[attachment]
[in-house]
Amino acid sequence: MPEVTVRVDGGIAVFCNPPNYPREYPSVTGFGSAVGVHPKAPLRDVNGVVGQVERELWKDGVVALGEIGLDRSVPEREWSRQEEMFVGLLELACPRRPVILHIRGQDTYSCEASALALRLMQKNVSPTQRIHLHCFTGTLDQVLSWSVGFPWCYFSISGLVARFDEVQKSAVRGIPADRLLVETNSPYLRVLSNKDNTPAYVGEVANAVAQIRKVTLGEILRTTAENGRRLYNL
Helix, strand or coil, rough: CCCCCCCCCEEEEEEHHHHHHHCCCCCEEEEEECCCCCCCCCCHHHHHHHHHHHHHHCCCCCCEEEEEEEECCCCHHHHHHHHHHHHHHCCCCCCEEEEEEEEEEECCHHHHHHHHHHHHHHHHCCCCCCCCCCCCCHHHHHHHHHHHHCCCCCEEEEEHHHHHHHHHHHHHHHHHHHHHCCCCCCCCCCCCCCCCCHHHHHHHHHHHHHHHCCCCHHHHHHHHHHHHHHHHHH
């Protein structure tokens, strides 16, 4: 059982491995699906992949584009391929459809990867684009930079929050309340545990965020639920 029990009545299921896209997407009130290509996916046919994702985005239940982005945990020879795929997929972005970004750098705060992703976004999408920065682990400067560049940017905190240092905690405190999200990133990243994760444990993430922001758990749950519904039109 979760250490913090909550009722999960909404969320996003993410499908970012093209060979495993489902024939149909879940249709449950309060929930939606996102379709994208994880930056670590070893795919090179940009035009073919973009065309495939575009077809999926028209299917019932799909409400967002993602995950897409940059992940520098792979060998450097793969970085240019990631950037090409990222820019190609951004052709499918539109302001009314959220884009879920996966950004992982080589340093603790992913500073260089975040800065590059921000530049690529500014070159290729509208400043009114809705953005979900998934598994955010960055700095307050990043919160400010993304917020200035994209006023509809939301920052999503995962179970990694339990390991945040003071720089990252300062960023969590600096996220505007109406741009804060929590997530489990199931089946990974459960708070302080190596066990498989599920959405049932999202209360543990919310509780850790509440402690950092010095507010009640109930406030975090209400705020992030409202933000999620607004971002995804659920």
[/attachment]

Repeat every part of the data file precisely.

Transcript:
[in-house]
Amino acid sequence: MPEVTVRVDGGIAVFCNPPNYPREYPSVTGFGSAVGVHPKAPLRDVNGVVGQVERELWKDGVVALGEIGLDRSVPEREWSRQEEMFVGLLELACPRRPVILHIRGQDTYSCEASALALRLMQKNVSPTQRIHLHCFTGTLDQVLSWSVGFPWCYFSISGLVARFDEVQKSAVRGIPADRLLVETNSPYLRVLSNKDNTPAYVGEVANAVAQIRKVTLGEILRTTAENGRRLYNL
Helix, strand or coil, rough: CCCCCCCCCEEEEEEHHHHHHHCCCCCEEEEEECCCCCCCCCCHHHHHHHHHHHHHHCCCCCCEEEEEEEECCCCHHHHHHHHHHHHHHCCCCCCEEEEEEEEEEECCHHHHHHHHHHHHHHHHCCCCCCCCCCCCCHHHHHHHHHHHHCCCCCEEEEEHHHHHHHHHHHHHHHHHHHHHCCCCCCCCCCCCCCCCCHHHHHHHHHHHHHHHCCCCHHHHHHHHHHHHHHHHHH
């Protein structure tokens, strides 16, 4: 059982491995699906992949584009391929459809990867684009930079929050309340545990965020639920 029990009545299921896209997407009130290509996916046919994702985005239940982005945990020879795929997929972005970004750098705060992703976004999408920065682990400067560049940017905190240092905690405190999200990133990243994760444990993430922001758990749950519904039109 979760250490913090909550009722999960909404969320996003993410499908970012093209060979495993489902024939149909879940249709449950309060929930939606996102379709994208994880930056670590070893795919090179940009035009073919973009065309495939575009077809999926028209299917019932799909409400967002993602995950897409940059992940520098792979060998450097793969970085240019990631950037090409990222820019190609951004052709499918539109302001009314959220884009879920996966950004992982080589340093603790992913500073260089975040800065590059921000530049690529500014070159290729509208400043009114809705953005979900998934598994955010960055700095307050990043919160400010993304917020200035994209006023509809939301920052999503995962179970990694339990390991945040003071720089990252300062960023969590600096996220505007109406741009804060929590997530489990199931089946990974459960708070302080190596066990498989599920959405049932999202209360543990919310509780850790509440402690950092010095507010009640109930406030975090209400705020992030409202933000999620607004971002995804659920």